Deckbuilders that are cooperative can be a bit difficult to design because usually only one person is playing at a time, and everyone else is just sitting there (exception: shadowrift!). In this game, there are many ways for you to provide help to your teammates. You can play cards to provide them with additional attack on their turn, heal them, or help them to buy better cards. I like cooperative games where it doesn’t feel like you are each playing a solitaire game at the same time, but instead can interact and provide assistance to each other.

Stun
One of my pet peeves with games is when there is player elimination (unless the game is short or it only happens right at the end of the game). If you are eliminated, who wants to sit around and watch everyone else play? No fun at all.
However, they needed to provide some sort of penalty for villains to attack players, and the stun effect is just perfect. You do not lose your turn or get eliminated from the game, but you have to discard cards and add one control to the location. Plus you lose any tokens you were given during other player’s turns as well! This is a great mechanic to hinder players but not eliminate them from the game.

If Only. . .

Destroy cards!
How come many cooperative deckbuilders do not come with many or any cards that let you burn or destroy starter cards from your deck? (examples: Legendary Encounters, Legendary Firefly, Shadowrift, Shadowrun Crossfire). When you only get to draw 5 cards a turn, I want to clean out those early alohamora cards right away so I can get better draws etc. I understand this makes the game harder which is good, but my favorite part of deckbuilders is making those amazing combo’s! (With Marvel I once was able to make 33 attack in one turn!)

As you progress through the books you find that you need specific cards to come up more often in your deck, but there is no way to destroy unwanted cards, and it frustrates me. You end up having turns that are somewhat useless and make the game take longer needlessly.

Length
At first, the game length was perfect! 30 – 45 minutes. I would say this is the case up to about book 6. Once you get to book 6 the game takes about 90 minutes. Game 7, well if the exact cards do not show up right away, your game could go for 2 hours! 2 hours of doing the same thing over, and over, and over, and over, and over, and over. . you get the point. This game is not a Galaxy Defenders game where there are a ton of tactical or strategic decisions that need to be made. Instead, you all know what you need to do but you just need the cards to show up. . . And then after you get the cards you need, you have to wait until you draw them!

If you look at our playthrough (2 player my wife and I) it took us 2+ hours to play, and for me that is too long for this type of game.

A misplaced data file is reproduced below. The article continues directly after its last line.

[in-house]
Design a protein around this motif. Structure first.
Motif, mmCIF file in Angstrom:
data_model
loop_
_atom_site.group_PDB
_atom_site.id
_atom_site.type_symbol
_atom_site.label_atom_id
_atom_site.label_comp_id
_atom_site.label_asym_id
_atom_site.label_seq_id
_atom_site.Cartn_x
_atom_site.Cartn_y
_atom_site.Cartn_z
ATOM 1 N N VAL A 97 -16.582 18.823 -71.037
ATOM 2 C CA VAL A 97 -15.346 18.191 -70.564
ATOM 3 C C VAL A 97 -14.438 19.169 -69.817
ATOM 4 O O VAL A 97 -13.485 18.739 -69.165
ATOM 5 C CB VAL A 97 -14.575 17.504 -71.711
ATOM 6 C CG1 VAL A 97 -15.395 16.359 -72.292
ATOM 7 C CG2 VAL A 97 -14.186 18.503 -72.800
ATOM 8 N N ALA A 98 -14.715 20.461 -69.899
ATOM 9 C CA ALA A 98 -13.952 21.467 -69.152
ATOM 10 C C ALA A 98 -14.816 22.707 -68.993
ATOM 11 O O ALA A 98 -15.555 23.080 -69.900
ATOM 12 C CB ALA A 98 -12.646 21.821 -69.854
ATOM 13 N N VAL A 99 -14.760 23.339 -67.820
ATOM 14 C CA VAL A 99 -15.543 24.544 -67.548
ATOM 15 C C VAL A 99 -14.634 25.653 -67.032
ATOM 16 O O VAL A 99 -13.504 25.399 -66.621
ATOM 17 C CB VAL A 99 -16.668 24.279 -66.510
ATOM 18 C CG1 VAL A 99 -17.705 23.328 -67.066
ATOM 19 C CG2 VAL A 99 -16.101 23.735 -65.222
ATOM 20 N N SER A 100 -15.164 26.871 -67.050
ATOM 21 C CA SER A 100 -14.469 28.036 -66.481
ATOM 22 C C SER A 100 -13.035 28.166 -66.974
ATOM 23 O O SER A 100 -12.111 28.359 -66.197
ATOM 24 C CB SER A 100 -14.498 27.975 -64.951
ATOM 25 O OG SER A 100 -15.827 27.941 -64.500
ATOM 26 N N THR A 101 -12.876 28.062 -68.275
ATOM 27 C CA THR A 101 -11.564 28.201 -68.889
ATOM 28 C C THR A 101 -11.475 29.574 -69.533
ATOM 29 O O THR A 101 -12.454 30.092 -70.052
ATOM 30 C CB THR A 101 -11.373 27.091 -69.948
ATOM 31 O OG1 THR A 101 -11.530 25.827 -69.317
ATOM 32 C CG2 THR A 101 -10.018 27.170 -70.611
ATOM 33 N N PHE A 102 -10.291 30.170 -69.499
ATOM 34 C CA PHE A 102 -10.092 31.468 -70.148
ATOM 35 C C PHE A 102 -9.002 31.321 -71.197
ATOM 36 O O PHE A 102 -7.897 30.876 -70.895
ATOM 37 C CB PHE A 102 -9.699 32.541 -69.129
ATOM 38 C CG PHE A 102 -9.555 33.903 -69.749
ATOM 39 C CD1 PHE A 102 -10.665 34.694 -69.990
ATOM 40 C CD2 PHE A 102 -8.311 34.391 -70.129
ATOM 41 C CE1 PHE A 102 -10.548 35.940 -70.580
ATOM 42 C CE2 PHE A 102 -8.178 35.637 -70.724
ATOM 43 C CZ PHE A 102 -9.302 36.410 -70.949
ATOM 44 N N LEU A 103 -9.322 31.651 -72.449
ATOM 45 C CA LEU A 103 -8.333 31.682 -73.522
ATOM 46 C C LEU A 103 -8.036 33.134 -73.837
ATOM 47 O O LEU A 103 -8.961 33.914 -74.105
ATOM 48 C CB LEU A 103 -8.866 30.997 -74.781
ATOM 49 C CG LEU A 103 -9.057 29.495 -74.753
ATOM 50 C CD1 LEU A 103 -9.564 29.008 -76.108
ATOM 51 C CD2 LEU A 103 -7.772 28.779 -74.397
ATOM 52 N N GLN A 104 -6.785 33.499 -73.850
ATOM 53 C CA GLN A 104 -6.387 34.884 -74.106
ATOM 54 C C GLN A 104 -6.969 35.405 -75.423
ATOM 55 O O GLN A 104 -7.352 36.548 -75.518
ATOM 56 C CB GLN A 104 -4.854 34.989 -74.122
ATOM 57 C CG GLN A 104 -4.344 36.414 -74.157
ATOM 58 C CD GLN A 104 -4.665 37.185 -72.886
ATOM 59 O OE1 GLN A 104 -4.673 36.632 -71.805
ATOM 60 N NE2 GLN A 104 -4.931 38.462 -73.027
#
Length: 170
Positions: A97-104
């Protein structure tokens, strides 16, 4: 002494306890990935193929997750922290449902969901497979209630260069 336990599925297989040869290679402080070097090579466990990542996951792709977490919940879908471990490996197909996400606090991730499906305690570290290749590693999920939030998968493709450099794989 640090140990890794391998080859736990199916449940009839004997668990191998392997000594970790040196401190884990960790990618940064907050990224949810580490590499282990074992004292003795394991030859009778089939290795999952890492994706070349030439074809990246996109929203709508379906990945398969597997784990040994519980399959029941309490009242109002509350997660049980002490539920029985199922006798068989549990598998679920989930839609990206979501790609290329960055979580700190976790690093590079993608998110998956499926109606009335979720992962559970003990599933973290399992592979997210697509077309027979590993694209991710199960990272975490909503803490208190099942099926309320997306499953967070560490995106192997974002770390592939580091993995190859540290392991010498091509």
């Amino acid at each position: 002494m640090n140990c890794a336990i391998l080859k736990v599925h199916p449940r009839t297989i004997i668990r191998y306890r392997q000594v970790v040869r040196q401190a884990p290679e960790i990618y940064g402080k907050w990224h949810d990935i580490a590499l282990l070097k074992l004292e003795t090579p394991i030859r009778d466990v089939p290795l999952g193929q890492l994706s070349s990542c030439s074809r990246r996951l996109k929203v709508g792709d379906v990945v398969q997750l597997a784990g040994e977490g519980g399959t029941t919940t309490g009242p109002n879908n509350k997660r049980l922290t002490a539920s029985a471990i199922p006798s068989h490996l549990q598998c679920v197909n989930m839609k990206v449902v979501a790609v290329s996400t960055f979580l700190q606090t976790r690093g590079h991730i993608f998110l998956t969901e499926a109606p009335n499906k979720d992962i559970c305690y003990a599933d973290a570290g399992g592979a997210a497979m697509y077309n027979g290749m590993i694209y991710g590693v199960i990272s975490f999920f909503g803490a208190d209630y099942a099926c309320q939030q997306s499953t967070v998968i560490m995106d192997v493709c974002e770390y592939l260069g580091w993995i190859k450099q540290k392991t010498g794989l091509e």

Hogwarts Cards
This ties into the length comments above. Each time you progress to a new book, you add new cards to the Hogwarts deck. Your Hogwarts deck becomes HUGE, and since there are only ever 6 cards to buy from, if you need specific cards to win it could take forever for them to show up.
I plan to pull a bunch of cards out of this deck in hopes it helps with this. However it could also make for an easier game which I wish was not the case (LOVE hard co-ops!)

Play Again Factor: Medium - High

Every game you will have a different order of the villain cards, different order of Dark Art cards, and you have 4 characters to choose from. Plus if you play the game book to book, you have a different game play mechanic each game. I would say high “play again factor” up to the 7th book. Then for the 7th book, I would say you have medium level of replayability. Also, if you love Harry Potter, infinite replayability!!

Weight: Light

The strategy in this game is very light. You are essentially looking to buy the best cards available to place in your deck, and help your teammates out as much as possible. Ther are some decisions such as which villain to attack etc. but these decisions are not difficult to make. By the 7th book I would still say it is a light game, just has a lot of moving parts to it.

Player Type:

All types of players for sure! Harry Potter fans for sure, and then anyone who would enjoy a light deckbuilder. Nongamers will probably enjoy this game more than gamers to be honest as there are not too many difficult decisions in the game. If you want a step up, try the Big Book of Madness or the new Aeon’s End for more complexity.

Final Thoughts: 7.75/10

As a HUGE Harry Potter fan, I give this game a big thumbs up!! Although I have played many a deckbuilder in my life, if you enjoy the story, play the game from Book 1 to Book 7. I found that I enjoyed it the most that way. The mechanics are not mind boggling, but it does what it needs to do. I just wish there was a way to shorten the length of the game once you get to book 7.







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Kevin B. Smith
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Great summary of the game, including the things you didn't like so much. We're only on game 6, but I think I agree with just about everything you said. Well, I'm not as fond of the control tokens as you are, but other than that...
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Colin Degnan
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Maplewood
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Thanks Kevin! And thank you for reminding me what those tokens are called. Control tokens not influence! I will update tomorrow.

C'mon how cool are those control tokens?? They have some good weight to them too! Ha!
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Kevin B. Smith
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Lightningbolt1312 wrote:
C'mon how cool are those control tokens?? They have some good weight to them too! Ha!

They're fine. They're a bit small so hard to handle. And they seem a bit out of place, with everything else being cardboard chits. I would have slightly preferred cubes or chits, myself. But they seem to be quite popular with reviewers--I'm clearly in the minority here.